"One more thing," Hephaistion said. "Darius plans to meet you at a place called Gaugamela. Faramin told me."

Alexander laughed. "Hephaistion, you must be the only man in history, who has ever been tortured and come out with more information than his captors."

Hephaistion smiled. "I hope it is far. I want to fight…..after I've had my broth."

"We will travel slowly. Take our time," replied Alexander. "After all, it is our destiny to fight that battle….together."


After Hephaistion had eaten, he rested once more. He thought that Alexander had left him, but when he opened his eyes he was still there, seated before him.

"I thought that you had gone," he said.

"I did," Alexander replied. "I only returned a moment ago."

"I dreamt of you," Hephaistion breathed.

Alexander flushed, looked down at the rich blanket, then back to gaze in to Hephaistion's eyes. He leaned forward, kissing Hephaistion's lips briefly. "We better keep to dreams for the time being," he whispered. "At the moment it would be like making love to an Egyptian mummy," he laughed.

"You like Egypt," replied Hephaistion, reaching up to caress the back of Alexander's neck.

Alexander grinned. "That would be Ptolemy you are mistaking me for. You mistook him for me the other day."

Hephaistion let his left hand fall away, looking confused, searching Alexander's eyes for the answer.

"The haoma," Alexander said.

"What did I do?"

"You kissed Ptolemy."

Hephaistion had a look of horror cross his face, then disbelief, before a distant memory came to him.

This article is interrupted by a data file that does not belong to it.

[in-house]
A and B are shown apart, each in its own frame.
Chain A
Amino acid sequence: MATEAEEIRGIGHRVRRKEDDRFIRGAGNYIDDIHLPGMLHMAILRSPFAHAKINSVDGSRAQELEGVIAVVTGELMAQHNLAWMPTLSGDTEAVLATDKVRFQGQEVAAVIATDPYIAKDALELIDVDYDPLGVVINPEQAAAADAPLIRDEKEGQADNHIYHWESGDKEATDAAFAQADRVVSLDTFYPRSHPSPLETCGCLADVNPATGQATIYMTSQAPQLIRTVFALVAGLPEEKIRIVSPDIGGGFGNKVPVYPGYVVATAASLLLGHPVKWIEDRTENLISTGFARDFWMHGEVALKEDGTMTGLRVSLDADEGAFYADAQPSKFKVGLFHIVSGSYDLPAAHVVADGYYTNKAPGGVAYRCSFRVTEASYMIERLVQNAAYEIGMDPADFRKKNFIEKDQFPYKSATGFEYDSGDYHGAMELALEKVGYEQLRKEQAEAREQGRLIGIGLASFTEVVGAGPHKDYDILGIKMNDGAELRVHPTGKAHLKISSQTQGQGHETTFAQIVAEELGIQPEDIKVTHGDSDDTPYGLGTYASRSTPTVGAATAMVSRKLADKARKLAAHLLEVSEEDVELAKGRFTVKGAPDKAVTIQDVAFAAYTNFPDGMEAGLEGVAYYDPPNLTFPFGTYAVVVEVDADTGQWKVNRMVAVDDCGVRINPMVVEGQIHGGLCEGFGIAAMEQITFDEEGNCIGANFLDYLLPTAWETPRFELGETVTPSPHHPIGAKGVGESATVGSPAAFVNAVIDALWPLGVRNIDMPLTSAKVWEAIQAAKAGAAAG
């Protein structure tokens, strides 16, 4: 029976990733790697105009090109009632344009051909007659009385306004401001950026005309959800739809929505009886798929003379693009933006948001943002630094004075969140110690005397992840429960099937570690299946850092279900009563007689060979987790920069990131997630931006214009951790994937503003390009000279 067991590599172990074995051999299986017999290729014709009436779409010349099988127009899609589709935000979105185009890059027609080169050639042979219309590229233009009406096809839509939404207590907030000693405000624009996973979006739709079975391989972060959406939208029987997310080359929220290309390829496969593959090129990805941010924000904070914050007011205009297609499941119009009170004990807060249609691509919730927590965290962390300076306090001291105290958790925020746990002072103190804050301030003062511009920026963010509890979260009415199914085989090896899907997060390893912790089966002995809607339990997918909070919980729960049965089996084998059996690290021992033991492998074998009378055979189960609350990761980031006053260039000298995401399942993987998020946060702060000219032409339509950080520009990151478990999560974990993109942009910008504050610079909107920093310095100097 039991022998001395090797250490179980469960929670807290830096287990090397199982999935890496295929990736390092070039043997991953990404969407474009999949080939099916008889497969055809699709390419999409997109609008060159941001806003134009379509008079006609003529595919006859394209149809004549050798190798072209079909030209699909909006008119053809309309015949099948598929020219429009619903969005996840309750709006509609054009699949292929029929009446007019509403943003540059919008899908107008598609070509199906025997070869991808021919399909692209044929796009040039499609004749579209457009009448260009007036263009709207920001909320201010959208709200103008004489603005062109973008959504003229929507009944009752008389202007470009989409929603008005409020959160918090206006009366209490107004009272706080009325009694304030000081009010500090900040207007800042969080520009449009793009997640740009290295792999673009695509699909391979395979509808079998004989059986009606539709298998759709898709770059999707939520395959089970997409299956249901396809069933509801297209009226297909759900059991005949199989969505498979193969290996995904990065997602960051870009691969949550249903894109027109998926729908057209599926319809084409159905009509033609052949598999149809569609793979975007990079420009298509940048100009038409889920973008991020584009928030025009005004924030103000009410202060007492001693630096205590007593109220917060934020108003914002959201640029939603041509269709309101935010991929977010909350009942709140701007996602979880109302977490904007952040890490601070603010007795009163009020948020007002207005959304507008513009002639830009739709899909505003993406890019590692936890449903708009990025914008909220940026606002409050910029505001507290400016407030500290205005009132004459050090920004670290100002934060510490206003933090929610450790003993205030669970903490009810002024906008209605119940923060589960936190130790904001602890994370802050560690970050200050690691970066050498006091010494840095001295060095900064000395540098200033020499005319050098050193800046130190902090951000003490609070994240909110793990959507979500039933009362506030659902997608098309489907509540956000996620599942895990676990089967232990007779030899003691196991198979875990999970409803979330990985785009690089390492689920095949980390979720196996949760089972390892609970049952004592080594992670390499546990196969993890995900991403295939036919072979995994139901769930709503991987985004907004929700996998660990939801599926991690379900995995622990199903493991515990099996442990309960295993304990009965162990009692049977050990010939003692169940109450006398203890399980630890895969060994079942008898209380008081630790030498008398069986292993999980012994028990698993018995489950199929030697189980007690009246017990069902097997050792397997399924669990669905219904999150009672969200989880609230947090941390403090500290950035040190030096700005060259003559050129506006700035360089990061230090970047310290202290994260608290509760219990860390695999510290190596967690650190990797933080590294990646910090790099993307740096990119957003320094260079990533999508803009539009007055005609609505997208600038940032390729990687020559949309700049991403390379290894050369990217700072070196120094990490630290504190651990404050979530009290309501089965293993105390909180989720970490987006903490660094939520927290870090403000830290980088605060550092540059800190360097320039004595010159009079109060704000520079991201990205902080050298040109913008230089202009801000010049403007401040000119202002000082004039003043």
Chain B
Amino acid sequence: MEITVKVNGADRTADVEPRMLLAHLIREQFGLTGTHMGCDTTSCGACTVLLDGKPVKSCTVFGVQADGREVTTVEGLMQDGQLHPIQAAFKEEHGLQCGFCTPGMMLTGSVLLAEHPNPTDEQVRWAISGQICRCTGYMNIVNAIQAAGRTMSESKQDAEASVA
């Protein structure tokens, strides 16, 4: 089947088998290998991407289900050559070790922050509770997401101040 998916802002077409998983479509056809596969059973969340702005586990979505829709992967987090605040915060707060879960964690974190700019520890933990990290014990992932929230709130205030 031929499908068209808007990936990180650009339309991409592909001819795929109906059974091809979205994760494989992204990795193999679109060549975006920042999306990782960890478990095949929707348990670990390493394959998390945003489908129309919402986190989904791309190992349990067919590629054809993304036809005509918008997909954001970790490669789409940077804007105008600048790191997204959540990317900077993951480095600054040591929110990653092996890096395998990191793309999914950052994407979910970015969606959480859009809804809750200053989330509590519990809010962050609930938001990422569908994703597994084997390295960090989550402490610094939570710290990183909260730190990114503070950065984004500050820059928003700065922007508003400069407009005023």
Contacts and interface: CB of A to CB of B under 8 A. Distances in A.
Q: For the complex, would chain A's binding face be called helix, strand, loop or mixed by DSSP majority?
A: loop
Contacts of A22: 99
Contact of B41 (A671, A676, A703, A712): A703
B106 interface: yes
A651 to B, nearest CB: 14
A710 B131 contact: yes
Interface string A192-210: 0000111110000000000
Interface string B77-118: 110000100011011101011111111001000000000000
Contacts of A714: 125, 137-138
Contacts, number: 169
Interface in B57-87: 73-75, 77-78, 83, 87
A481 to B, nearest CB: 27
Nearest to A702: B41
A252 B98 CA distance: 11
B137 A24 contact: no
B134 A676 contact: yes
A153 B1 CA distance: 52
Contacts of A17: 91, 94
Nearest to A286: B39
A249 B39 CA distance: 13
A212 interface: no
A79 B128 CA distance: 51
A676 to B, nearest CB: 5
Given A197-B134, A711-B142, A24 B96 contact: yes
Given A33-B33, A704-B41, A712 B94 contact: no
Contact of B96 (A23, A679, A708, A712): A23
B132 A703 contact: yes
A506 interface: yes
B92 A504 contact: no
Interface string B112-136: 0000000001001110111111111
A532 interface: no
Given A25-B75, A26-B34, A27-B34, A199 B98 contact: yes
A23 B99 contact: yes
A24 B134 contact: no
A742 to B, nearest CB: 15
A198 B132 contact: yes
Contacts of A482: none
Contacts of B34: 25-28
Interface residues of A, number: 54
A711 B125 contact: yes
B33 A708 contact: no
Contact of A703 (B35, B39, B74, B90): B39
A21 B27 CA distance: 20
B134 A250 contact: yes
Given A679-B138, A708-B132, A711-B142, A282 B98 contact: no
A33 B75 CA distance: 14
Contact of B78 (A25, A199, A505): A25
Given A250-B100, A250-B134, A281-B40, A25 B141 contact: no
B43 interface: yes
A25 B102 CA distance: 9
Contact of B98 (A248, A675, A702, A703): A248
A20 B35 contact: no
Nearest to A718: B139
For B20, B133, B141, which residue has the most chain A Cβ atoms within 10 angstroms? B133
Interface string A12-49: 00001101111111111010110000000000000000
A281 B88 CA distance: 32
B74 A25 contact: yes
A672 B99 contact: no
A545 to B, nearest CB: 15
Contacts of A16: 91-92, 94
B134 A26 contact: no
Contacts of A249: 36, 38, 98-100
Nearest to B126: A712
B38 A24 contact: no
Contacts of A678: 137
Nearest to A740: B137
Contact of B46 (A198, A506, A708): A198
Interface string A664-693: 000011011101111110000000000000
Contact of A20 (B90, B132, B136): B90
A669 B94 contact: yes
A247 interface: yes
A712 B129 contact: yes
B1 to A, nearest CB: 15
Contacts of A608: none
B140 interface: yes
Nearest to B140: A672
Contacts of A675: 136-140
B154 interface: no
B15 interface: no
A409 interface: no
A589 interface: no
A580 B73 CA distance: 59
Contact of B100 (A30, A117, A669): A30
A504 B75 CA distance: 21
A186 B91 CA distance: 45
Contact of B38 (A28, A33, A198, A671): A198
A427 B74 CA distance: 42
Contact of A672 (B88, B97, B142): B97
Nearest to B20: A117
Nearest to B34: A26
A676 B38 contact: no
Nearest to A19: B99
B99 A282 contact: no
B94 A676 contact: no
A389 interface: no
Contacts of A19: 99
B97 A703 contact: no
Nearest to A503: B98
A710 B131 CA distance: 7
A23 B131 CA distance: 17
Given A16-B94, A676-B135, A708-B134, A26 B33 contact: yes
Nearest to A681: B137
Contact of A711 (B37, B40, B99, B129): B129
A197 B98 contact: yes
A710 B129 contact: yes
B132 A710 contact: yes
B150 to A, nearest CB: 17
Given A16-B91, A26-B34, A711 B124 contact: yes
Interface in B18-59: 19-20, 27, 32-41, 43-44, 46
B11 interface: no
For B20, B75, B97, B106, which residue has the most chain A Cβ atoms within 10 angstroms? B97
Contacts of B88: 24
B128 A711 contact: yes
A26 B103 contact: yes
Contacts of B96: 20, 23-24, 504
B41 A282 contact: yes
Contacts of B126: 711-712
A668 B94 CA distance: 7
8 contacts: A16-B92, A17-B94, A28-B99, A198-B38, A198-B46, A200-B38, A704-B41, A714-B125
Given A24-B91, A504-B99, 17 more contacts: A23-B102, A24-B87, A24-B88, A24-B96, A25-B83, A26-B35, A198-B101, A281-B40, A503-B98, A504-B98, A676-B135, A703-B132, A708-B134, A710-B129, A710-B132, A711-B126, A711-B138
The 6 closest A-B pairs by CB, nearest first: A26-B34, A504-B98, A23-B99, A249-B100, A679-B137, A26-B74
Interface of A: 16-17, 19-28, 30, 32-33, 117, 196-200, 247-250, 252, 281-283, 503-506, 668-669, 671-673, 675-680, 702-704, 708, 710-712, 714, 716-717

Alexander laughed, then his face grew serious. "Hephaistion. We have something to discuss."

Alexander stood up and then called out, Hephaistion followed his gaze to see Odius brought in to the room. Odius came to a halt, head downcast, hands tied, guarded by Astyoche and Agis.

"Odius," Hephaistion said softly, causing the man to look up at him with tormented eyes.

Hephaistion looked at Alexander. "I thought you had him executed. When you didn't answer my question…I thought you'd had him killed."

Alexander shook his head. "He came close to it, believe me. I would have executed him myself. I had my hand on my sword, but Odius blurted out that you had said I would forgive him. How could I deny you? It is your choice, Hephaistion. He should thank the gods you live, otherwise I would have had him crucified already." He turned to the men. "Come here," he ordered.

Odius hesitated, then moved close to the bed, flanked by the men from the same battalion. Agis made some comment, surprised at the damage done, in awe of Hephaistion for coming through. Astyoche looked at Odius, then gave him a hefty thump to encourage him to look on what his betrayal had done.